Lion, stroll down some shady colonnade,
Pompey's, say, or Octavia's (for her dead son Marcellus:
Extravagant marble facings, R.I.P.),
Or Livia's, with its gallery of genuine Old Masters,
Or the Danaids' Portico (note
The artwork: Danaus' daughters plotting mischief for their cousins,
Father attitudinizing with drawn sword).
Don't miss the shrine of Adonis, mourned by Venus,
Or the synagogue—Syrian Jews
Worship there each Sabbath—or the linen-clad heifer-goddess's
Memphian temple: Io makes many a maid what she
Was to Jove. The very courts are hunting-grounds for passion;
Amid lawyers' rebuttals love will often be found.
Here, where under Venus' marble temple the Appian
Fountain pulses its jets high in the air,
Your jurisconsult's entrapped by love's beguilements—
Counsel to others, he cannot advise himself.
Here, all too often, words fail the most eloquent pleader,
And a new sort of case comes on—his own. He must
Defend himself for a change, while Venus in her nearby
Temple snickers at this reversal of roles.

Meet the Author

Ovid (43 BC-AD 17) was born in central Italy. He was sent to Rome where he realised that his talent lay with poetry rather than with politics. His first published work was 'Amores', a collection of short love poems. He was expelled in A.D. 8 by Emperor Augustus for an unknown reason and went to Tomis on the Black Sea, where he died.

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Erotic Poems 4 out of 5 based on 0 ratings. 4 reviews.
Guest More than 1 year ago
Ovid's writings are hillarious and unbelievable! And the translation of these poems is fist-rate. The stories Ovid tells are outrageously amusing. In one poem, he wishes he was the ring on his lover's finger...'how far can he take that?' you might ask, well...pretty far. In another poem, he tells of how he waits outside his lover's house all night for her. And another story is a how-to tale of how one can sneek into their intrest's house without the husband seeing... scandalous! But each poem is told with enough mirth and cockiness that you cannot help but finish the tale with a smile on your face - no matter how brazen Ovid gets in the telling! And as I mentioned before, the translation of these 1st century poems has been done in the most excellent way, making it an easy read, as well as an accurate one. Altogether, this is a superb purchase!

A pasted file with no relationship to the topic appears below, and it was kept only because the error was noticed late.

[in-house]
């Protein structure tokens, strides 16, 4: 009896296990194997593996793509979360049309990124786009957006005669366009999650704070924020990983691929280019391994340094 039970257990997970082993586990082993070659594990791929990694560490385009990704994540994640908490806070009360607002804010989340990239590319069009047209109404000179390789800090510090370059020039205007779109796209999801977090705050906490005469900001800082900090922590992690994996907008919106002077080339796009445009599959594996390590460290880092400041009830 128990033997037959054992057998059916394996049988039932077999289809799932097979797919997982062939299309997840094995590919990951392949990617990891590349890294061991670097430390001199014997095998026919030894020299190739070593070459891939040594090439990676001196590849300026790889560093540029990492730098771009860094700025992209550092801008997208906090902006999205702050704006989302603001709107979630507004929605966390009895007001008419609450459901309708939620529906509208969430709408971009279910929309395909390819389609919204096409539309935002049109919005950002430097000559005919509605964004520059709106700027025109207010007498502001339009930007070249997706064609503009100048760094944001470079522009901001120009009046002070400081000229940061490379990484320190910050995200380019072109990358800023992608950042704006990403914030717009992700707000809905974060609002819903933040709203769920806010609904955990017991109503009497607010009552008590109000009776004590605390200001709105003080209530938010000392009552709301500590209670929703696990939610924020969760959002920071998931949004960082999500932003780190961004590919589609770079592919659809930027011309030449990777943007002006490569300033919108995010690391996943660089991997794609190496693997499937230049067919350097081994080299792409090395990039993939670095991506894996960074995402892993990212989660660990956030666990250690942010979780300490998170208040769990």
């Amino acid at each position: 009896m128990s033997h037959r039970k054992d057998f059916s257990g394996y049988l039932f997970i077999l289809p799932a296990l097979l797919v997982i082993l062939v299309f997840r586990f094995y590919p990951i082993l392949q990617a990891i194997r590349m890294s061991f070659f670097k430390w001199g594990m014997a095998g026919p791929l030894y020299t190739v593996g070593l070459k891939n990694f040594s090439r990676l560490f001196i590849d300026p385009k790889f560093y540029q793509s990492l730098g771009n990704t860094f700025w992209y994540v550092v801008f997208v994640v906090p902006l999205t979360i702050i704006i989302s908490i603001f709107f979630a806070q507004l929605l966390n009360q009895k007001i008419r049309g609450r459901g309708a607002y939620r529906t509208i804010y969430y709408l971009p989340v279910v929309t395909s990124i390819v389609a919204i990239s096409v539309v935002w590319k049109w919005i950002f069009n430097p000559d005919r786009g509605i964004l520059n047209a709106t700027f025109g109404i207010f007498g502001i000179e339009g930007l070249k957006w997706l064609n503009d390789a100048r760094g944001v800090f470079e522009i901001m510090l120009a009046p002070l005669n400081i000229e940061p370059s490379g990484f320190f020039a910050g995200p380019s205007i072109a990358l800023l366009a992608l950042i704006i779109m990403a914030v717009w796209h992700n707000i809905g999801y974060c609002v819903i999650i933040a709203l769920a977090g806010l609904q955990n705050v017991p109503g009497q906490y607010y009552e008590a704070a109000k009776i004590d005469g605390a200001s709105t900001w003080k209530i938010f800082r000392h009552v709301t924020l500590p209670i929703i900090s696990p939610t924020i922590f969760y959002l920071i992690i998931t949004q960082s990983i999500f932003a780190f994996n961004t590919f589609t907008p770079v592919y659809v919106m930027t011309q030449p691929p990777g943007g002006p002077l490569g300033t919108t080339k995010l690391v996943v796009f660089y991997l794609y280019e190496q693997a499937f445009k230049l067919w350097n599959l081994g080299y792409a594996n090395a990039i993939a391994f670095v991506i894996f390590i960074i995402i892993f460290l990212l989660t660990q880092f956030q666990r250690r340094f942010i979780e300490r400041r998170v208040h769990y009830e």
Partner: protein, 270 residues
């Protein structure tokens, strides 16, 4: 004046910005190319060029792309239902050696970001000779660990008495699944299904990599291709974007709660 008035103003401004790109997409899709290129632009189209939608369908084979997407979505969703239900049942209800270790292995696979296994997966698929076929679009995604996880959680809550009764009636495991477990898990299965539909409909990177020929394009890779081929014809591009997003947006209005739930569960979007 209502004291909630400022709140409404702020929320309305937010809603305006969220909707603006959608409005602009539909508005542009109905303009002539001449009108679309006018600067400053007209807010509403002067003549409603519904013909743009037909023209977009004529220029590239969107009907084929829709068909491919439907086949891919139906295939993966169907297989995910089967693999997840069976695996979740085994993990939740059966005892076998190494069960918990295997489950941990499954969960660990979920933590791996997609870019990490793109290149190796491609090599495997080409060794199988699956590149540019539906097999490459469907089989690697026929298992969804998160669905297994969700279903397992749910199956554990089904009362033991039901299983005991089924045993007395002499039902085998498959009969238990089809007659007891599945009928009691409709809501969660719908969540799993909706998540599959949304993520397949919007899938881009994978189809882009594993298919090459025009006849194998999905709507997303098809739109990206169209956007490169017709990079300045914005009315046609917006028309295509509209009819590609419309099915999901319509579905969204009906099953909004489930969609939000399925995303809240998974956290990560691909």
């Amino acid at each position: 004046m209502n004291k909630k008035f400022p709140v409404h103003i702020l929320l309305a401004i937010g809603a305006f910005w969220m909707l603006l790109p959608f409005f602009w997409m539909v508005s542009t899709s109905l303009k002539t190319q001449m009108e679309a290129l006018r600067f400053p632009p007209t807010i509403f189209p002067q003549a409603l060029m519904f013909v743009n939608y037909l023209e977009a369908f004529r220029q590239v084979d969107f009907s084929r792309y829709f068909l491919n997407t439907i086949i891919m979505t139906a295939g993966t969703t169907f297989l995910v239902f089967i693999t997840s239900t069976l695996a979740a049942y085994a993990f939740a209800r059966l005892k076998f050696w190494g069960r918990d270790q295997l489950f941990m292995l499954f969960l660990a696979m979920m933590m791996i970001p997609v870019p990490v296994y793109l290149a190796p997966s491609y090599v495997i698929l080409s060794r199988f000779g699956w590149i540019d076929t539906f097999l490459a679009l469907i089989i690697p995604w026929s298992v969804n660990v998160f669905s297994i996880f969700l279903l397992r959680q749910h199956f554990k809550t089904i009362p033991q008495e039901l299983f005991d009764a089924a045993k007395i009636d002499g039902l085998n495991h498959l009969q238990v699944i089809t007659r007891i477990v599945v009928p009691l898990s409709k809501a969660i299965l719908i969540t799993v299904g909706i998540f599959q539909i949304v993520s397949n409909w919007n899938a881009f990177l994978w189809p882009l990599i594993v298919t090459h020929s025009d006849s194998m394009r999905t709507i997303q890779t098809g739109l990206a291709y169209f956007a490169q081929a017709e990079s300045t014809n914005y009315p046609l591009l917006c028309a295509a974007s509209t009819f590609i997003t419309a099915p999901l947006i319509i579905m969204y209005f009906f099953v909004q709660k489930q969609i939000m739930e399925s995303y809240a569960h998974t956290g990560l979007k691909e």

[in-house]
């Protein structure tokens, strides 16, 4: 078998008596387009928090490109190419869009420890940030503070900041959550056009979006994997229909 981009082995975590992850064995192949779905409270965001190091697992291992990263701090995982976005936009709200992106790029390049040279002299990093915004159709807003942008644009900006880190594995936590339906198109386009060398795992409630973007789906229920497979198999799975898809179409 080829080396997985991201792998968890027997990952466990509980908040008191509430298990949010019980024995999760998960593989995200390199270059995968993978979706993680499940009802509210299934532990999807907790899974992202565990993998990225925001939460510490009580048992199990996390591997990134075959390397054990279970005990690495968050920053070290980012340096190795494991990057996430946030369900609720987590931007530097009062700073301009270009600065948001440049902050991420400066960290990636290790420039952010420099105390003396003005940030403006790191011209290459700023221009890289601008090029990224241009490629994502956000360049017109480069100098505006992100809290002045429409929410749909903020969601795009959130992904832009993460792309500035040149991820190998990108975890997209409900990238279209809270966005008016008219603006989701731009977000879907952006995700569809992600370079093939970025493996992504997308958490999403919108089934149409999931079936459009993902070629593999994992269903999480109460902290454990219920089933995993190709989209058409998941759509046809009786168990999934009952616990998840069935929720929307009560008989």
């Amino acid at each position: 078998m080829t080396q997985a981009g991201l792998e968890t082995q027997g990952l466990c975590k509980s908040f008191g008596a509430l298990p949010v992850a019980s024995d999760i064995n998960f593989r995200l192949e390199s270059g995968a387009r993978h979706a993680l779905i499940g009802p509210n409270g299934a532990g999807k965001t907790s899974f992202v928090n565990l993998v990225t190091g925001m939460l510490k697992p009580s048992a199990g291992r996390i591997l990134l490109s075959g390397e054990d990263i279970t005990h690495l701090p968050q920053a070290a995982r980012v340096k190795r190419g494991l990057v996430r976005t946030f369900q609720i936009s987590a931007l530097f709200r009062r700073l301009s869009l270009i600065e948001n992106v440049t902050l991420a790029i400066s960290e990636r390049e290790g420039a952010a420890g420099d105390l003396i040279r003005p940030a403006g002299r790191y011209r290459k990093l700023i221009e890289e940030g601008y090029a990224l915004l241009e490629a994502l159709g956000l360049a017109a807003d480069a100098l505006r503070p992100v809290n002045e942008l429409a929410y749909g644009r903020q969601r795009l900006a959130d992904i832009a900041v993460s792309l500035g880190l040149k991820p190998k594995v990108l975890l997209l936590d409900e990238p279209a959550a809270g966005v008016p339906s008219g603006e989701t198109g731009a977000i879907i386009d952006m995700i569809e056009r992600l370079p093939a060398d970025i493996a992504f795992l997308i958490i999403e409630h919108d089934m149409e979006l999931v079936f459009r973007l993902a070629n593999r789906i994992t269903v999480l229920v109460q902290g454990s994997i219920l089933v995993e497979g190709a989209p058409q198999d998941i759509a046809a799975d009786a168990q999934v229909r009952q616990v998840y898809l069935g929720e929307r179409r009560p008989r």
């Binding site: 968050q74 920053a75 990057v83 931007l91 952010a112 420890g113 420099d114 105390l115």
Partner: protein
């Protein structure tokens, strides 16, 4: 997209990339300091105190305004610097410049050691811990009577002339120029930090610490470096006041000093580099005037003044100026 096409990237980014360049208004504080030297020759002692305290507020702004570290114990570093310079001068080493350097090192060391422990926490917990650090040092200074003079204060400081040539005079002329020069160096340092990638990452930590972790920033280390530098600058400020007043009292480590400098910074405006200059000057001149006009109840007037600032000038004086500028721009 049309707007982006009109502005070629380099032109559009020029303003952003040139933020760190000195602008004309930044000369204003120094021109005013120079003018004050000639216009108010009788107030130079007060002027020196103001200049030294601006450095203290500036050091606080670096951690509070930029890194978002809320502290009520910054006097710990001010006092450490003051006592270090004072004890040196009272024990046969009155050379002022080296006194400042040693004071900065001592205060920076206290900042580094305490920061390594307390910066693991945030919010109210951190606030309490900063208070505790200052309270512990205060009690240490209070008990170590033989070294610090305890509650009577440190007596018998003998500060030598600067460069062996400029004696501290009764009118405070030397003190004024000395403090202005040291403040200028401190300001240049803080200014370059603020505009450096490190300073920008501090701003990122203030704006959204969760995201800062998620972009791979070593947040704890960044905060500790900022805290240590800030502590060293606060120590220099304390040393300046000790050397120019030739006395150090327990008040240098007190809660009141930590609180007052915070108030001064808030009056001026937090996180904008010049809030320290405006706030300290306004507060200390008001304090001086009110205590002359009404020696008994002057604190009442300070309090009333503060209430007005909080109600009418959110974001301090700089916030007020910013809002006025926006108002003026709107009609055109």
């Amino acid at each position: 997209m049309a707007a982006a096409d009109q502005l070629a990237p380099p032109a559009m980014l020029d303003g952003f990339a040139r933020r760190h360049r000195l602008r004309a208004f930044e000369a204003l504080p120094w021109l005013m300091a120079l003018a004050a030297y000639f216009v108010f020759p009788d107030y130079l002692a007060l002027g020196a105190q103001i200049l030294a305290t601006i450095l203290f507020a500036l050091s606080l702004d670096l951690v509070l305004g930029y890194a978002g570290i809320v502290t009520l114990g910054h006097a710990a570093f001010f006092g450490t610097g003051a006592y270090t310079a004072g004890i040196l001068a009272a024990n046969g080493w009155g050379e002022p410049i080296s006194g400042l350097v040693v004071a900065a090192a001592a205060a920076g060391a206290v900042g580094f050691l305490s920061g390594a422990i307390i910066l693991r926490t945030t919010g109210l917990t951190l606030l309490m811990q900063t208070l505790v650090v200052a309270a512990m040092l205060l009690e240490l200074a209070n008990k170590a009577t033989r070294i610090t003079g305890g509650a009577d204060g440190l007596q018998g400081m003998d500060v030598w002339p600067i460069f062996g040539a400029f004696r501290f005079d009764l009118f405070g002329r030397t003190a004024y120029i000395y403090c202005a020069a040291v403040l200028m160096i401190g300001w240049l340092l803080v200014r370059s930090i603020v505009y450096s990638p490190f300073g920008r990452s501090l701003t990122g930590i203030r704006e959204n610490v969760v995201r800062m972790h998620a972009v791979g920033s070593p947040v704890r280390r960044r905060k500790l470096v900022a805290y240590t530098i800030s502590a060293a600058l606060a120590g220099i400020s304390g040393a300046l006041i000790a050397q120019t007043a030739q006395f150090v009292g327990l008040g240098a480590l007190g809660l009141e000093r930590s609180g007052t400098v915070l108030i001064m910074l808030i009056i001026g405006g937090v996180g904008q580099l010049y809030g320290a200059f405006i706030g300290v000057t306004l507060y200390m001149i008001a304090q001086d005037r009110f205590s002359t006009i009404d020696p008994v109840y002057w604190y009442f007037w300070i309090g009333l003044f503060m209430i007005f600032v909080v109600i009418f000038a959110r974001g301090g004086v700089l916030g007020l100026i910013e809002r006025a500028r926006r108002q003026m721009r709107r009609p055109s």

Anonymous More than 1 year ago
Anonymous More than 1 year ago
Cha-Bella More than 1 year ago
It is highly recommended that this book is read with an open mind. Very eye opening in terms of how people of a certain time frame viewed matters of the heart.